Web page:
The Nigerian National Petroleum Corporation Limited has borrowed USD $1 billion to import petroleum into the country.
According to reports from THEWILL, the money was borrowed for the importation of petroleum products for May and June with the Central Bank of Nigeria (CBN) acting as guarantor of the credit facility which was provided by the African Export-Import Bank (Afreximbank).
The NNPC and its Subsidiary Duke Oil Incorporated are the beneficiaries of this 3-year term loan, which is under Afreximbank’s Ukraine Crisis Adjustment Trade Financing Programme for Africa. (UKAFPA).
NNPC and its Partners have been struggling to meet the country’s OPEC production quota of 1.826 million barrels per day,(BPD), largely due to attacks on pipelines, crude oil theft, and the likes of it. it has struggled to provide crude oil to companies that won crude swap contracts who are supposed to import petrol, jet fuel, and diesel into the country in exchange for crude allocated to them under the Direct Sale, Direct Purchase (DSDP) agreement.
Hence the reason why the NNPC/Duke Oil needs dollars to import refined products into the country under the swap deal from a government-owned company to a commercial limited corporation, since it is technically still the sole importer of the products on behalf of the Nigerian government, which then subsidizes the cost to users.
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The sources added that the NNPC/Duke Oil does not have the dollars to fund the imports because of very low crude production from the country’s oil assets. Nigeria currently manages to produce and export about 1.2 million BPD.
However, before its recent financial troubles, the NNPC usually remitted about $3.6bn monthly into its account with CBN, and about USD$98 billion annually, which it achieved around 2015, according to records published by the CBN.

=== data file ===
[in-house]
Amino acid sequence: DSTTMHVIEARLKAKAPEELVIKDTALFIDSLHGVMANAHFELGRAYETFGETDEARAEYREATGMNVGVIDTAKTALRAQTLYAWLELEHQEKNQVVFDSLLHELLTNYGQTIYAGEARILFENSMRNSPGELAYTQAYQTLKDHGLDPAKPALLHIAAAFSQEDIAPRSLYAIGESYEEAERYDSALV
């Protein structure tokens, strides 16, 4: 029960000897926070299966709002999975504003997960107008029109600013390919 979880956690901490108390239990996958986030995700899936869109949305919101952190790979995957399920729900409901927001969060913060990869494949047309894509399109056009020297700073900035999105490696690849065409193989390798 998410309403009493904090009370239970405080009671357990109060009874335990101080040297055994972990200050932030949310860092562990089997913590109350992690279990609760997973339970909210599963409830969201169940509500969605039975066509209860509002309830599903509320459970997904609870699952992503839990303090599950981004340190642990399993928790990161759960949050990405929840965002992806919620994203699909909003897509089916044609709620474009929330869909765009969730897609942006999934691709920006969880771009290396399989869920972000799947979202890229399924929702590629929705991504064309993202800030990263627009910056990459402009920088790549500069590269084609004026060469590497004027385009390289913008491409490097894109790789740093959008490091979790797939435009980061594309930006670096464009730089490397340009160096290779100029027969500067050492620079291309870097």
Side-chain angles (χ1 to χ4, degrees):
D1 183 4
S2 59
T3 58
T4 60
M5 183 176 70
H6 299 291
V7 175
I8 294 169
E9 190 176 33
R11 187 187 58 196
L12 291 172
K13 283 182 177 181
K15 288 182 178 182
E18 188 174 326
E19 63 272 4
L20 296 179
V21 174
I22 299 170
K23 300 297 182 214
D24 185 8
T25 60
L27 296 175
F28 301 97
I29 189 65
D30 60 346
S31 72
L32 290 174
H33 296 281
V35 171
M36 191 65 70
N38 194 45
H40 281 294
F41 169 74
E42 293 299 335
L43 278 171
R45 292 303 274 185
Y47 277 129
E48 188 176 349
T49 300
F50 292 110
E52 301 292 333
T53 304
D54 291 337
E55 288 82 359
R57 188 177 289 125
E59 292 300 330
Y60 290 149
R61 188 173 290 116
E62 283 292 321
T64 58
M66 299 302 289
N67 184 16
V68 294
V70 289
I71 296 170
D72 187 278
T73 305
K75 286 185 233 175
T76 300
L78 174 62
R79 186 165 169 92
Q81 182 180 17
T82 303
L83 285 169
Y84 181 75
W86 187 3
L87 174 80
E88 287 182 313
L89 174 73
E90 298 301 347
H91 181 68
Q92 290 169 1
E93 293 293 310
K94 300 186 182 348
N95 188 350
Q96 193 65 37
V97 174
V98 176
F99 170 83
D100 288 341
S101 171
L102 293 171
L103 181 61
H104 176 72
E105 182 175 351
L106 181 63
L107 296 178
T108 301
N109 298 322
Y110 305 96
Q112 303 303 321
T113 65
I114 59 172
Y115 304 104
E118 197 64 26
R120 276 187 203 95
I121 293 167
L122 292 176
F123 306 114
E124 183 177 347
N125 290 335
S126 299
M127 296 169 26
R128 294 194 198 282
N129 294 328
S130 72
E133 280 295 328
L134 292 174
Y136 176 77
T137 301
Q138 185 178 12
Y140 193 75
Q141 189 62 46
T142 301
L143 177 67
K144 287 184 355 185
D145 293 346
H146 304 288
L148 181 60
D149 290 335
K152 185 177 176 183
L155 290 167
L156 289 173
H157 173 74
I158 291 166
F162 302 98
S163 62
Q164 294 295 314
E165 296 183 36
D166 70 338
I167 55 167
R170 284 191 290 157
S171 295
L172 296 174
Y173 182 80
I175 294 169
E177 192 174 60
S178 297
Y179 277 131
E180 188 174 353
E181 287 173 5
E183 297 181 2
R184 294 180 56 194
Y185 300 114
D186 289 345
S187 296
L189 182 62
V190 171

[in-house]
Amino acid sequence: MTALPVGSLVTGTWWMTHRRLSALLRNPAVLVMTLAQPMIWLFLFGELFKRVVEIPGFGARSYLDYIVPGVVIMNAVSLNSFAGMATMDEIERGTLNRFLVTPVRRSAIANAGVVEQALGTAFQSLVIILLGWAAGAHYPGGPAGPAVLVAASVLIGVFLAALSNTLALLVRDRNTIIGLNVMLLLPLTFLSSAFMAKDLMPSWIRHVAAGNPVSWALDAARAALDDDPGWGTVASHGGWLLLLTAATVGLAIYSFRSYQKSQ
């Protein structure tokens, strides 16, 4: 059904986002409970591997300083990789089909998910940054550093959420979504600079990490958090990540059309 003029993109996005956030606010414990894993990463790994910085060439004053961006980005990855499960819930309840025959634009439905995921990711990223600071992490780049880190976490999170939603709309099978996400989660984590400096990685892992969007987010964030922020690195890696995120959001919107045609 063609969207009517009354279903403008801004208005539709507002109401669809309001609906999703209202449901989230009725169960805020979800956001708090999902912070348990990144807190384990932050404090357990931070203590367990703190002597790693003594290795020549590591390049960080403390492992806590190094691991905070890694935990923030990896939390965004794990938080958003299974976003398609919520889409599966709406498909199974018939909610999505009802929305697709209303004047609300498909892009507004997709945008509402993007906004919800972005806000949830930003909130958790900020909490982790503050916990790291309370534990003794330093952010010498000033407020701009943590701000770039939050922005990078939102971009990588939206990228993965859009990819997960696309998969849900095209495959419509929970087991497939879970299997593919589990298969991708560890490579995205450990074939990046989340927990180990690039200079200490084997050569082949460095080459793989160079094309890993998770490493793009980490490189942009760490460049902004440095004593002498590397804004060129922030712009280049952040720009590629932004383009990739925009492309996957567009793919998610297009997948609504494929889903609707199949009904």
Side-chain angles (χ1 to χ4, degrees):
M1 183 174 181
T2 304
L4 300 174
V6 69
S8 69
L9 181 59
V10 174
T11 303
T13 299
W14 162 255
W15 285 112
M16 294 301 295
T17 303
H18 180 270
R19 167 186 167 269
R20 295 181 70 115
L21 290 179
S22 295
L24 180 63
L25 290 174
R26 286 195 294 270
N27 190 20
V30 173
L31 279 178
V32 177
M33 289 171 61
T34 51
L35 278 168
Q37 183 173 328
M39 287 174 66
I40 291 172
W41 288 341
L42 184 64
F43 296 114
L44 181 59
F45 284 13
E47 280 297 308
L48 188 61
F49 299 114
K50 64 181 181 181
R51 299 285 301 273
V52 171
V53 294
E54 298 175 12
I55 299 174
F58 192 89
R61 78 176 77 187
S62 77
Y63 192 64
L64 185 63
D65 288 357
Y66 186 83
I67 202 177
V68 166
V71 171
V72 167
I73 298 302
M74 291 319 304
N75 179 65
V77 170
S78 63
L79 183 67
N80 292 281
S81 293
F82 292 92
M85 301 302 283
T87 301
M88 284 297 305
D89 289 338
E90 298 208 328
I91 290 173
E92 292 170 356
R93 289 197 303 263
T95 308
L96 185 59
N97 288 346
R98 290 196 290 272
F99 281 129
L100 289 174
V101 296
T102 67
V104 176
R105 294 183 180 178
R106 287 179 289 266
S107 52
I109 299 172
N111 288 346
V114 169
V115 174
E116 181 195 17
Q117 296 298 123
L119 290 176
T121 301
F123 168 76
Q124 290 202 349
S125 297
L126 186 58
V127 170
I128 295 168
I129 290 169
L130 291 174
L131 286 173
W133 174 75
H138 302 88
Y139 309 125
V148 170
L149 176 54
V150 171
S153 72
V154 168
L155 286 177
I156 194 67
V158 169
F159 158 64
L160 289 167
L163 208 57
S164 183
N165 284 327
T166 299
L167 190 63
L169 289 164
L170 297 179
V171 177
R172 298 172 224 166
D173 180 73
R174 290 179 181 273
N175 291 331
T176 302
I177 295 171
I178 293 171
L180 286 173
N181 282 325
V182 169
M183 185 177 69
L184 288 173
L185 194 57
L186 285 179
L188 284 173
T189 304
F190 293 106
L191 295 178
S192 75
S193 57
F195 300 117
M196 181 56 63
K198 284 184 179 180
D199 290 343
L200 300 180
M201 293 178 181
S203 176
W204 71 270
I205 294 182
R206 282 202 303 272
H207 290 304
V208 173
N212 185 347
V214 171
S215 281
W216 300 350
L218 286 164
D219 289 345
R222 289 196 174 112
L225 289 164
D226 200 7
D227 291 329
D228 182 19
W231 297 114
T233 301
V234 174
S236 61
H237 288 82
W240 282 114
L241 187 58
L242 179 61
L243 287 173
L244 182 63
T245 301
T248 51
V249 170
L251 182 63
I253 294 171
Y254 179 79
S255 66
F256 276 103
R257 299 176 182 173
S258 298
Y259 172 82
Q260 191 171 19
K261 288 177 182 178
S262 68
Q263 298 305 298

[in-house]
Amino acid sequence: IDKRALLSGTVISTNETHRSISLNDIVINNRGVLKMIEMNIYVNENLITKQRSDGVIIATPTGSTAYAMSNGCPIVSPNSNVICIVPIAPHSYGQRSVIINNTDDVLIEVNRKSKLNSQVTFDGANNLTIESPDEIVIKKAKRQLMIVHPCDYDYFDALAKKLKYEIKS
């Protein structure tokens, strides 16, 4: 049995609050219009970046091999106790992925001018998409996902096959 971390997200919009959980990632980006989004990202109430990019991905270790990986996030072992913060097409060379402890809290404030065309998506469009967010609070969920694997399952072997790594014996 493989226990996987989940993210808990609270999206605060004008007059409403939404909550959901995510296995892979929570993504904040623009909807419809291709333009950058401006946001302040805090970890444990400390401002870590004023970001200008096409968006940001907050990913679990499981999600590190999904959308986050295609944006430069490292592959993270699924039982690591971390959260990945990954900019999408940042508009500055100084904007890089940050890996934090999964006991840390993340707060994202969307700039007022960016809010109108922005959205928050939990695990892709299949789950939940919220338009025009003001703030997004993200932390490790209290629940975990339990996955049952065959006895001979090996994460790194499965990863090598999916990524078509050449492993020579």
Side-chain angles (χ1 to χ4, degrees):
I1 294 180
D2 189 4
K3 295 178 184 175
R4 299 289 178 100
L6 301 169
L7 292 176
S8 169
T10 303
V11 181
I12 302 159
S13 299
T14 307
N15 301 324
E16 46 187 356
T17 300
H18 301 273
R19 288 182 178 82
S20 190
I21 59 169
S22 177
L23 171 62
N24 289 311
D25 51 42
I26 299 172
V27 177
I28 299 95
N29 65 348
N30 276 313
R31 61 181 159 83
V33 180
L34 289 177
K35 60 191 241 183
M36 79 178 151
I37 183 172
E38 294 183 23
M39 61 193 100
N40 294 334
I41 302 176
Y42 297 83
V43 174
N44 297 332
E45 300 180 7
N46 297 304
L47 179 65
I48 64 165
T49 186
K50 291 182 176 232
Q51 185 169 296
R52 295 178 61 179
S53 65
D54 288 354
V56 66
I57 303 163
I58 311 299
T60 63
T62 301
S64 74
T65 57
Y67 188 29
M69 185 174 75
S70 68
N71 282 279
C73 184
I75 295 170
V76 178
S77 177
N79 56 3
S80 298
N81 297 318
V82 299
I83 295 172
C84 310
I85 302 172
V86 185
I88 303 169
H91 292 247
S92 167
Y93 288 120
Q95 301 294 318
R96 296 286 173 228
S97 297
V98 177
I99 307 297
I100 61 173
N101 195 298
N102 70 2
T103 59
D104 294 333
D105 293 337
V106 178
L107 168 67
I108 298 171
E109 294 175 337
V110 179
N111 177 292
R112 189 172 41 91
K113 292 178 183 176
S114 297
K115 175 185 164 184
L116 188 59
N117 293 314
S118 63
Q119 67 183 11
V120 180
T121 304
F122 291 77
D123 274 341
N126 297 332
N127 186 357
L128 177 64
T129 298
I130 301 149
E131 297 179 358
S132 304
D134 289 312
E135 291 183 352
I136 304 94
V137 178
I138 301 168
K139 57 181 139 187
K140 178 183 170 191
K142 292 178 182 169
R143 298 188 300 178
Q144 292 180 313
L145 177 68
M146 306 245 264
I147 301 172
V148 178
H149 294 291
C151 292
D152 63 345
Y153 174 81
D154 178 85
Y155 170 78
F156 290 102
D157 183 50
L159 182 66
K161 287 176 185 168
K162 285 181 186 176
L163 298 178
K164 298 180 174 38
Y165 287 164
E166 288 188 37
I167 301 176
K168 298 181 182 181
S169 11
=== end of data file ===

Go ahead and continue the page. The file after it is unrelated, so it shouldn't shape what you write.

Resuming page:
Documents seen by THEWILL showed that the Central Bank will take the hit for the loan should it go bad or unpaid. The loan was remitted in two tranches of $500m, according to the sources at Afreximbank who did not want to be identified because they are not authorized to speak on the matter.
This deal followed an official plea by the NNPC, with support from the Presidency, urging the CBN to assist in guaranteeing the deal, without which, Afreximbank would not approve the loan.
Nigeria largely relies on proceeds from the sale of crude oil to meet the country’s demand for dollars as well as its budgetary obligations. However, with the very low crude output and exit of foreign investors as oil prices collapsed due to the COVID-19 pandemic, the naira has been on a free fall on the black market recently hitting a record N725 – $1 before pulling back to about N700 -$1. But with the rebound in crude prices, foreign investors have not returned largely because of the uncertainties and risks associated with the general elections due to begin in February 2023.
The Central Bank in a statement said it “remained committed to resolving the foreign exchange issues confronting the nation and as such has been working to manage both the demand and supply side challenges.”
Nigeria depends mainly on imports for all its consumption, which has continued to put pressure on its forex reserves prompting the CBN to introduce multiple forex measures and warn that the country needs to look inward and seek alternatives as one panacea to the problem.
The CBN said demand pressure was huge from manufacturers and persons paying school fees and hospital bills abroad but added that it was seeking means to earn foreign exchange to meet these demands in the wake of poor revenue from crude sales.